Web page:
Text-to-911 is the ability to send a text message to 911 emergency call takers from mobile phone or device. This ability is useful for deaf and hard of hearing consumers and also for anyone who is unable to make a voice call in a dangerous situation.
Federal Communications Commission (FCC) rules require all wireless carriers and other providers in the United States to deliver emergency texts to call centers that request them. If a call center requests one, the providers must have it delivered within six months. These rules apply to providers of interconnected text messaging applications.
In most areas, deaf and hard of hearing residents can only seek emergency assistance from a 911 call center (also known as a Public Safety Answering Point or “PSAP”) by using a TTY or a relay service, both of which are time-consuming. However, the FCC does not have authority to issue rules regulating 911 emergency call centers so it cannot require these centers to accept text messages; that is under the purview of the Department of Justice (DOJ), which has yet to issue any rules regarding text-to-911 capabilities. Instead, the FCC is encouraging emergency call centers to begin accepting texts as text providers develop text-to-911 capability.
911 is a critical life-saving program that should be directly, immediately, and equally accessible to all. The NAD continues to advocate for implementation of text-to-911 across the country.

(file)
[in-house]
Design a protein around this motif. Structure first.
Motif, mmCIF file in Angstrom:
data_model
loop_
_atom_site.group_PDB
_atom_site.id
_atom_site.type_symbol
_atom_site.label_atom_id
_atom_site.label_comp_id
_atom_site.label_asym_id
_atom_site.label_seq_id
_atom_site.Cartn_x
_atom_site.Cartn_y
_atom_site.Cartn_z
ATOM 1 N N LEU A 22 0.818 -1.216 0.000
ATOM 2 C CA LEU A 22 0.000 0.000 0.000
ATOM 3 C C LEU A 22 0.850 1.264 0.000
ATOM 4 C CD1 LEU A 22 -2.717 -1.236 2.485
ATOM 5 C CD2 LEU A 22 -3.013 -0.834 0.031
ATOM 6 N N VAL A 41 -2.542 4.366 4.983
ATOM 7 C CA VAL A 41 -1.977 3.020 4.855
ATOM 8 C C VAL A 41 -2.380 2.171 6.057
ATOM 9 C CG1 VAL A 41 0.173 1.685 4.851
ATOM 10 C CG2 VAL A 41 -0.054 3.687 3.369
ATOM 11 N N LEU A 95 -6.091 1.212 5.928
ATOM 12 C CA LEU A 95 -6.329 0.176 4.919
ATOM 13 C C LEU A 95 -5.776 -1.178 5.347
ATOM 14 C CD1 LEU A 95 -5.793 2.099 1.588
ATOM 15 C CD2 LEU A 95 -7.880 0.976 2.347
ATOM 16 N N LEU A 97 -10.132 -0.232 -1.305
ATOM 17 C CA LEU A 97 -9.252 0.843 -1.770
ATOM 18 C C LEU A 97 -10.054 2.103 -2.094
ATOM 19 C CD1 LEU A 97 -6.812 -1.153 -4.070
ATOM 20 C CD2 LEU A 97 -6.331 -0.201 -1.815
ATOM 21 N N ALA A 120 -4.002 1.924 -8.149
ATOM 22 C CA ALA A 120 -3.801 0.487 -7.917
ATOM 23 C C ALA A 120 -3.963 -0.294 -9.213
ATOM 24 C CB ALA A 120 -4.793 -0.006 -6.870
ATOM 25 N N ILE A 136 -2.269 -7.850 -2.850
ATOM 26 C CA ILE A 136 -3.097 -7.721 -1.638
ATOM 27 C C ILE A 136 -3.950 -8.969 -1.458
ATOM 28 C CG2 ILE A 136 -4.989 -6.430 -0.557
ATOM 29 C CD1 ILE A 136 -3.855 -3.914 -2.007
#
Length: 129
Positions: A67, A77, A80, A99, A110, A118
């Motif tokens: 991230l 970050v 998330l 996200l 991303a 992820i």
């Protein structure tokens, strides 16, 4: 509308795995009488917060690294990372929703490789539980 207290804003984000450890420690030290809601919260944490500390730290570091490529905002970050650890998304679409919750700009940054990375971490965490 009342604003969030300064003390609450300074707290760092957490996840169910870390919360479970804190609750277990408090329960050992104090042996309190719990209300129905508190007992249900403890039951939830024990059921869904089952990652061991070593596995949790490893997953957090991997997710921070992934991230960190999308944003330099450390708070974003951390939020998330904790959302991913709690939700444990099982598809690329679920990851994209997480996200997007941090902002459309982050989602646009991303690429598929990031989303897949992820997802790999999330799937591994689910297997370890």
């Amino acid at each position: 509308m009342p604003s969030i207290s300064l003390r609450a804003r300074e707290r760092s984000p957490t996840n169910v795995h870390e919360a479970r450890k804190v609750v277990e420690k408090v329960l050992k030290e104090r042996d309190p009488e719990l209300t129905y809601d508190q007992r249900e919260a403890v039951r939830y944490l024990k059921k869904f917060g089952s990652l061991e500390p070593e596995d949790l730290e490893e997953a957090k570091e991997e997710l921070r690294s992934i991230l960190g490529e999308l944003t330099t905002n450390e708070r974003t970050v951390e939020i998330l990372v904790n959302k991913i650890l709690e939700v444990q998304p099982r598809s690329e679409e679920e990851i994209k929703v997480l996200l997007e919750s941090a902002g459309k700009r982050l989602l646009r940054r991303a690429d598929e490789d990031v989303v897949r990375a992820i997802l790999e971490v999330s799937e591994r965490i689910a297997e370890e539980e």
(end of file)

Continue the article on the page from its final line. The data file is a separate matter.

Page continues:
If you want to know if the area where you are in, or which areas has that text-to-911 available, the FCC has a master registry here. You can also inquire with your wireless phone company to see whether text-to-911 is available in your area.
If you do send a text message to 911, it is important to include an accurate address or location as quickly as possible.
What if I can’t text 911 yet?
If you attempt to send a text to 911 where the service is not available, FCC rules require all wireless carriers and other text messaging providers to send an automatic “bounce-back” message that will advise you to contact emergency services by another means. Bounce-back messages are intended to minimize your risk of mistakenly believing that a text to 911 has been transmitted to an emergency call center.
If you are deaf or hard of hearing, and text-to-911 is not available, use telecommunications relay services, if possible. The NAD encourages deaf and hard of hearing consumers to reach out to their local emergency call center to advocate that they deploy text-to-911 capability.
Next Generation 911 (NG911) Emergency Services
In addition to text-to-911, there is significant work currently being done by advocates as well as numerous public safety, industry and government groups to facilitate the development of a Next Generation 911 (NG911) system by 2020. NG911 will be enabled by an interconnected system of local, regional and state emergency services Internet-Protocol (IP) networks that is capable of handling text, data, images and video from wireless and digital communications devices.
Cellular service and most other commercial and public safety communications systems are transitioning to IP-based networks. These technologies should enable major advances in the ability of all users and public safety responders to send or receive critical information to, from and beyond the emergency services internetwork, such as emergency calls in American Sign Language via video or medically-relevant data transmitted from a vehicle crash.
The NG911 system offers great promise for people who are deaf and hard of hearing. Deaf and hard of hearing individuals should be able to directly access PSAPs using their preferred mode of communication, whether by video, text, instant messaging, or other means.